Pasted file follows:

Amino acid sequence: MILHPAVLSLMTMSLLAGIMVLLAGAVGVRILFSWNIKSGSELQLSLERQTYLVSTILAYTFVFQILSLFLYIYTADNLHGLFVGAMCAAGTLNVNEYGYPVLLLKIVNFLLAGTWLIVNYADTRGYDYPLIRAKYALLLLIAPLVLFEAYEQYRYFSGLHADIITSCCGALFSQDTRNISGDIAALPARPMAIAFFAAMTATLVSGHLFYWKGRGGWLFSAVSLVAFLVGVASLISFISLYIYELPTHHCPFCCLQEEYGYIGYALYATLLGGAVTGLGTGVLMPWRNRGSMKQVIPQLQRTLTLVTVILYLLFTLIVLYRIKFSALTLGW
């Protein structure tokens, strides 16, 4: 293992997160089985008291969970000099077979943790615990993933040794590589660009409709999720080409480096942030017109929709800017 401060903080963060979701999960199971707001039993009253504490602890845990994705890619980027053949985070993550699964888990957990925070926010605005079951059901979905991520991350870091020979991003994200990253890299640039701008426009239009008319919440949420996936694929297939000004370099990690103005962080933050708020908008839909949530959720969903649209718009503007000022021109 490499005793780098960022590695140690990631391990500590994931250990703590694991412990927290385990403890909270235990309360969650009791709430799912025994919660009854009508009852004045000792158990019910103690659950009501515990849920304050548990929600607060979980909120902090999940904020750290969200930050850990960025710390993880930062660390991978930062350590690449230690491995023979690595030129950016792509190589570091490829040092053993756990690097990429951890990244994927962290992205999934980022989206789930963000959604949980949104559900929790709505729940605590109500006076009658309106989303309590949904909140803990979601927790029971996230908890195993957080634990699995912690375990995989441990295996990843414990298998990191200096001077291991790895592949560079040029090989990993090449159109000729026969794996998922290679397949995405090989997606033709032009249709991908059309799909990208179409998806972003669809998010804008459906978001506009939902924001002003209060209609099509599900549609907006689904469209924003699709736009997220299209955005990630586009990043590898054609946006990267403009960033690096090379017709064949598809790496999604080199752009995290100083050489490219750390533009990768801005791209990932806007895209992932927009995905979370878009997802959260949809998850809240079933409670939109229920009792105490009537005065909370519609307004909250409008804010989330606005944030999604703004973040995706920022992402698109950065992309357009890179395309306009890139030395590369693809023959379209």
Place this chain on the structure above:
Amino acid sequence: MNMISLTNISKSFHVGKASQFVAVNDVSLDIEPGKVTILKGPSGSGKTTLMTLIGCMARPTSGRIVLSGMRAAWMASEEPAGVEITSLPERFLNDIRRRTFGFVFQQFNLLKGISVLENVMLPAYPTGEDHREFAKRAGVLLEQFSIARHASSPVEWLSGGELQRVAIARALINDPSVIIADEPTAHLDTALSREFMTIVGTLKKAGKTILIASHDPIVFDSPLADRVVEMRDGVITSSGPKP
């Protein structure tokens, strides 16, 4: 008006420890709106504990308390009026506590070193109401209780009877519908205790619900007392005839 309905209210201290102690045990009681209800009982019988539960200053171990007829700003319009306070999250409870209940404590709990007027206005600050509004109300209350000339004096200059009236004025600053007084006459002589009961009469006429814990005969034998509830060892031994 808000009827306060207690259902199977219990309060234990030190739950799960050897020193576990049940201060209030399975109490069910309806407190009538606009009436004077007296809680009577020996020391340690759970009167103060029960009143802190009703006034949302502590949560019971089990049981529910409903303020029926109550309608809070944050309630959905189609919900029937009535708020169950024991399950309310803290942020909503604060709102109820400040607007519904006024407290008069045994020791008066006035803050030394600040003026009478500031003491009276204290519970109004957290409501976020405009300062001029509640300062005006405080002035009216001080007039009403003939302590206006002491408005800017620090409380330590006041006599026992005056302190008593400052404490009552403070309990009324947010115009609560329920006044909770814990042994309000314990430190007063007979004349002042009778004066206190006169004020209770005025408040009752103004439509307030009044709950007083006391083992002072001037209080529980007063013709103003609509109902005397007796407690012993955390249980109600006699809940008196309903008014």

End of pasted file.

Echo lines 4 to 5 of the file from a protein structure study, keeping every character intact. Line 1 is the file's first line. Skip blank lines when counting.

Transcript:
Amino acid sequence: MNMISLTNISKSFHVGKASQFVAVNDVSLDIEPGKVTILKGPSGSGKTTLMTLIGCMARPTSGRIVLSGMRAAWMASEEPAGVEITSLPERFLNDIRRRTFGFVFQQFNLLKGISVLENVMLPAYPTGEDHREFAKRAGVLLEQFSIARHASSPVEWLSGGELQRVAIARALINDPSVIIADEPTAHLDTALSREFMTIVGTLKKAGKTILIASHDPIVFDSPLADRVVEMRDGVITSSGPKP
């Protein structure tokens, strides 16, 4: 008006420890709106504990308390009026506590070193109401209780009877519908205790619900007392005839 309905209210201290102690045990009681209800009982019988539960200053171990007829700003319009306070999250409870209940404590709990007027206005600050509004109300209350000339004096200059009236004025600053007084006459002589009961009469006429814990005969034998509830060892031994 808000009827306060207690259902199977219990309060234990030190739950799960050897020193576990049940201060209030399975109490069910309806407190009538606009009436004077007296809680009577020996020391340690759970009167103060029960009143802190009703006034949302502590949560019971089990049981529910409903303020029926109550309608809070944050309630959905189609919900029937009535708020169950024991399950309310803290942020909503604060709102109820400040607007519904006024407290008069045994020791008066006035803050030394600040003026009478500031003491009276204290519970109004957290409501976020405009300062001029509640300062005006405080002035009216001080007039009403003939302590206006002491408005800017620090409380330590006041006599026992005056302190008593400052404490009552403070309990009324947010115009609560329920006044909770814990042994309000314990430190007063007979004349002042009778004066206190006169004020209770005025408040009752103004439509307030009044709950007083006391083992002072001037209080529980007063013709103003609509109902005397007796407690012993955390249980109600006699809940008196309903008014």